Ontological Politics: Realism and Agency in Science, Technology and Art
In a brief and preliminary way, this essay seeks to open up some of the concerns of my current research. I want to continue the shift from an epistemological to an ontological perspective on science, technology and our being in the world. The essay opens with some ground-clearing: a discussion of standard epistemological perspectives on scientific realism. This motivates a shift to questions of agency, material as well as human, and an extension of my earlier analysis of the ‘dance of agency' to include the concepts of ‘freestanding machines,' ‘making the world dual' and ‘islands of stability.' The essay concludes with a discussion of art as ‘ontological theatre' - as staging and helping us to grasp different ontological visions. The connection to the IAS theme of ‘futures' is important but largely implicit here. The process of making dual can be understood as an attempt to fix and freeze the future. I argue that this stance is underpinned by a mistaken ontology and inevitably evokes unintended consequences, which can take the form of disasters and catastrophes. I am therefore interested in exemplifying and exploring an alternative stance that recognises unpredictability and emergence and is open to what the world has to offer us.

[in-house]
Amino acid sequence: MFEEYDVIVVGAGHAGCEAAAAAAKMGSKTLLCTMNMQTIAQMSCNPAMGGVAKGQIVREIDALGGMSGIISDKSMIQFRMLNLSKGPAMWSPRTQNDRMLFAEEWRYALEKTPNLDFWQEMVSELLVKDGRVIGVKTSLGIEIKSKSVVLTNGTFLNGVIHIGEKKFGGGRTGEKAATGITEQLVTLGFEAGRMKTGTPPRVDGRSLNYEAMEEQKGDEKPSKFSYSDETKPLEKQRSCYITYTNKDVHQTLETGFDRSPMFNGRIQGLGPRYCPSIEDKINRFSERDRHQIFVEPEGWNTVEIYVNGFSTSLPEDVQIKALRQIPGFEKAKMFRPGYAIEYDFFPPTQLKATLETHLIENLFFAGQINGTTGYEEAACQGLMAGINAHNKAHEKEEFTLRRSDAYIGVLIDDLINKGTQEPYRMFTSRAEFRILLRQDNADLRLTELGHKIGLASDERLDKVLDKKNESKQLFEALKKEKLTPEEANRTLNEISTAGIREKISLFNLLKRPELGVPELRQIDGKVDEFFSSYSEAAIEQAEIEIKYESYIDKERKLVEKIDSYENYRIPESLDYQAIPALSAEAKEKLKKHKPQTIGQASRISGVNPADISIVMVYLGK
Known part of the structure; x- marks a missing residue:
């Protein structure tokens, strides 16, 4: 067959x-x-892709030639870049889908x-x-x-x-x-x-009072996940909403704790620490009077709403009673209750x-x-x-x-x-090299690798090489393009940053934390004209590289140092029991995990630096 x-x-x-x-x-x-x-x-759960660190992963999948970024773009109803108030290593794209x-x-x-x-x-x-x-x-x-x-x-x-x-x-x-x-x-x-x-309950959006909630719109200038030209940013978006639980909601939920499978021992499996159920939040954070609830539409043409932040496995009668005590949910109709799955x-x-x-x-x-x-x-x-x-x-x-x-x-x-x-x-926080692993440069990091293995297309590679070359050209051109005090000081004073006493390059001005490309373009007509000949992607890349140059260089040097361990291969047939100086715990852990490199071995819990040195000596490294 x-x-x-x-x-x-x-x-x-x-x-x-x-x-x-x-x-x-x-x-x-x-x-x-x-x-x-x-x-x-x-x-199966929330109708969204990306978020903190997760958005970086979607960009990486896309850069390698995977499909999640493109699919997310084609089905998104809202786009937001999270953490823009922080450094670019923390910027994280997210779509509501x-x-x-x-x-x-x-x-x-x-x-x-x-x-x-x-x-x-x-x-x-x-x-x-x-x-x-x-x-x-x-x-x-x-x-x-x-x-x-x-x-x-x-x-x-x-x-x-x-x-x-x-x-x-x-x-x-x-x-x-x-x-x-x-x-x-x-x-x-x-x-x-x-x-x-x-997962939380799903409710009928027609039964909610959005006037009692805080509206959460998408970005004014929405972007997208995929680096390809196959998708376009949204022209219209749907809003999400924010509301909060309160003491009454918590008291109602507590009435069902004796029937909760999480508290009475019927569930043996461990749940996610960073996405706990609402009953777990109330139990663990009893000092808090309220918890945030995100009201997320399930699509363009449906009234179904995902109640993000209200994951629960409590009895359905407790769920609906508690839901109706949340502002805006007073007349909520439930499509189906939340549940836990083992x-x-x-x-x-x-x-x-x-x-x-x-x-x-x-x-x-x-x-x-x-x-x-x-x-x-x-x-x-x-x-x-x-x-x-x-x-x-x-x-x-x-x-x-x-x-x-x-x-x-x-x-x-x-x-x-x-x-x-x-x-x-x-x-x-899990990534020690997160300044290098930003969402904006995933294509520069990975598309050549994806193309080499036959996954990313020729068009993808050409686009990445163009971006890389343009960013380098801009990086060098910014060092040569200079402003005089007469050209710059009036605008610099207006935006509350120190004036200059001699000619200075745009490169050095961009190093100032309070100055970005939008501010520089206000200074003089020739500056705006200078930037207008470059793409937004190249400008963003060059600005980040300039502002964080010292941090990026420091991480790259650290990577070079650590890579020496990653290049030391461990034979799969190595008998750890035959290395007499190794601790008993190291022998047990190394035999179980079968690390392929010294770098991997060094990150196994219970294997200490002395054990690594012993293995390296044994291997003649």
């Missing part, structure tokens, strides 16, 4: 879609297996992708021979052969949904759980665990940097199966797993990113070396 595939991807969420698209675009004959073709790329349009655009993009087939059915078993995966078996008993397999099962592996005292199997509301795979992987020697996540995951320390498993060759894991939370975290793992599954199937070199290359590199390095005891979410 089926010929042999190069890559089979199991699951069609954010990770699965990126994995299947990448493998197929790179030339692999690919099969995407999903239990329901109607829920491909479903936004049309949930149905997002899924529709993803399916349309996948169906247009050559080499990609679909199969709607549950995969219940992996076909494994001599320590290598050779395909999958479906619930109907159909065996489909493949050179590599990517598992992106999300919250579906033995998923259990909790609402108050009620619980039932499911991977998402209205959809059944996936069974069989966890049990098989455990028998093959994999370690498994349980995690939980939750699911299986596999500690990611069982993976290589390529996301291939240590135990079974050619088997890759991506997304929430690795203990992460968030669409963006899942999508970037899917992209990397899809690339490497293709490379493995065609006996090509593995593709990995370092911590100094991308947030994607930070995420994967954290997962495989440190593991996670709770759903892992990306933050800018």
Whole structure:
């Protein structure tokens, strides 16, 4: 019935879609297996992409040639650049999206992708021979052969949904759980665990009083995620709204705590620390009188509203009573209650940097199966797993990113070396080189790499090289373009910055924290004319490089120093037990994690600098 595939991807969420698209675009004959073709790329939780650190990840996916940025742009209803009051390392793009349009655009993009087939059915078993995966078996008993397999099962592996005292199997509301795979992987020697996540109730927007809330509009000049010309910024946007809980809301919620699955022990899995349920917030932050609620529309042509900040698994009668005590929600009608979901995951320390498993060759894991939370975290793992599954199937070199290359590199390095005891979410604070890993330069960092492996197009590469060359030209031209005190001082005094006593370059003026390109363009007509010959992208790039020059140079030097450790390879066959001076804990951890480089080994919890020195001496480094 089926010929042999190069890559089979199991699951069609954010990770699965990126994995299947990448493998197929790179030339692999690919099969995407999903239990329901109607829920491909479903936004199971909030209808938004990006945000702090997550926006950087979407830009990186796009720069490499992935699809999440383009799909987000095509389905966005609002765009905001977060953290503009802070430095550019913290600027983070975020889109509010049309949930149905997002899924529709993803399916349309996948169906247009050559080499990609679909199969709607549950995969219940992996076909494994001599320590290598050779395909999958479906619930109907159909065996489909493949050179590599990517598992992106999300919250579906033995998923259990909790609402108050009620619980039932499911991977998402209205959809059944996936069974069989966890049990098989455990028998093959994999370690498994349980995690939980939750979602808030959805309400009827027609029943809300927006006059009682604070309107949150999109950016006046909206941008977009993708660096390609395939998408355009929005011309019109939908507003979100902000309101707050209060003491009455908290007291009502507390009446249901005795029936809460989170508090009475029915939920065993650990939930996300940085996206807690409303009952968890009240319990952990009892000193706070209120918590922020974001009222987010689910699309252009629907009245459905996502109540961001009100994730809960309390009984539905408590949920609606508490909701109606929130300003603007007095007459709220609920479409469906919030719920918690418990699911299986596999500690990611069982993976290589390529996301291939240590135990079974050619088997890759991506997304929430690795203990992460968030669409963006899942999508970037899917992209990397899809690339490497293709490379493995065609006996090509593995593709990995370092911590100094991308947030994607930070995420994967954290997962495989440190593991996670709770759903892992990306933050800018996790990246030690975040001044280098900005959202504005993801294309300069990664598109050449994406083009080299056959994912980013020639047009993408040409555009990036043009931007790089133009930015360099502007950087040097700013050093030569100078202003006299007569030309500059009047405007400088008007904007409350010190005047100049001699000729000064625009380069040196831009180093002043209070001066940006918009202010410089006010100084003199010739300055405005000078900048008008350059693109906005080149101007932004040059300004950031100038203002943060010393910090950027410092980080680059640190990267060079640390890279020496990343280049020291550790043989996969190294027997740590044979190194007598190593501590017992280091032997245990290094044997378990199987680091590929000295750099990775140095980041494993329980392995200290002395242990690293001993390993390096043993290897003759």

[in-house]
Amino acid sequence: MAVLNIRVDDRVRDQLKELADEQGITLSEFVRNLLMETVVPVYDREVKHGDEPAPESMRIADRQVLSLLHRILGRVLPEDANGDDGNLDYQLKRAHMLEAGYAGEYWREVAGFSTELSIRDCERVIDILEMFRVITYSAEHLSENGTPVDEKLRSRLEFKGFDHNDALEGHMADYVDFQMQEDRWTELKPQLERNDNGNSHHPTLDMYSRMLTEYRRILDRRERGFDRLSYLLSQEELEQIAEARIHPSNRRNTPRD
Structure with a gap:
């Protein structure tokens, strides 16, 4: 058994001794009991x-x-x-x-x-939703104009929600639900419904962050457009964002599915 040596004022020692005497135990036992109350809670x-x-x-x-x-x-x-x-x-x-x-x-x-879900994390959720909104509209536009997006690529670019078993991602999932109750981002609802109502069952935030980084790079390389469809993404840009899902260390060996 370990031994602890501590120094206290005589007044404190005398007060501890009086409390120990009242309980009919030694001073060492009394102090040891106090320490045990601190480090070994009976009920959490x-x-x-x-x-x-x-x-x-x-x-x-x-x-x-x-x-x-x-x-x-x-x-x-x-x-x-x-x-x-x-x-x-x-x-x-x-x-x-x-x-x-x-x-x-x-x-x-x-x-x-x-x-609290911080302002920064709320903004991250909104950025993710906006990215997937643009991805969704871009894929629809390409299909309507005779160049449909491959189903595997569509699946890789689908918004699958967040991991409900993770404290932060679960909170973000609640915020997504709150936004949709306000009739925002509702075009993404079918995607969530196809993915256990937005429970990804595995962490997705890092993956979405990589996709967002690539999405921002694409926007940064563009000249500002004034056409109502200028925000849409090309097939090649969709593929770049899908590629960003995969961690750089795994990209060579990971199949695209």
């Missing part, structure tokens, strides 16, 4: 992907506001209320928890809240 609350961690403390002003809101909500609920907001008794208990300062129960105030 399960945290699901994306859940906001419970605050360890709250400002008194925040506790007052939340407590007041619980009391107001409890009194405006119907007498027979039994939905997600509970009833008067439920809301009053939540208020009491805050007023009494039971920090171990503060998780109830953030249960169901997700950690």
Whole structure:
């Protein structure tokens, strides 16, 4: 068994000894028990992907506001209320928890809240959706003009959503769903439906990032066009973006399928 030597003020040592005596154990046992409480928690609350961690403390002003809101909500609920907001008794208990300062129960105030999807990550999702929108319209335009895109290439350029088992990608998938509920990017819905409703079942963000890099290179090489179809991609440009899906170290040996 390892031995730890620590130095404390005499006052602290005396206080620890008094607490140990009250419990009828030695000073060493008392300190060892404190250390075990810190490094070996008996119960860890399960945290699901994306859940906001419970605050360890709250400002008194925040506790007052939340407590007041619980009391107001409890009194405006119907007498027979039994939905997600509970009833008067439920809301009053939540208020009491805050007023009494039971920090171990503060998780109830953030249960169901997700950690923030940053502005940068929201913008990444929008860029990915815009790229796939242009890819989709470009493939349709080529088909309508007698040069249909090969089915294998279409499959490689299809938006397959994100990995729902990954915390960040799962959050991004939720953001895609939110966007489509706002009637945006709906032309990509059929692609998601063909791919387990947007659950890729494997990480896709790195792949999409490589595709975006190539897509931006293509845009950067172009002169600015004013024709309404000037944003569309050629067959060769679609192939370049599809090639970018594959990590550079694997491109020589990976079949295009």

- Insights Vol 4 Article 9 (last modified: 3 April 2012)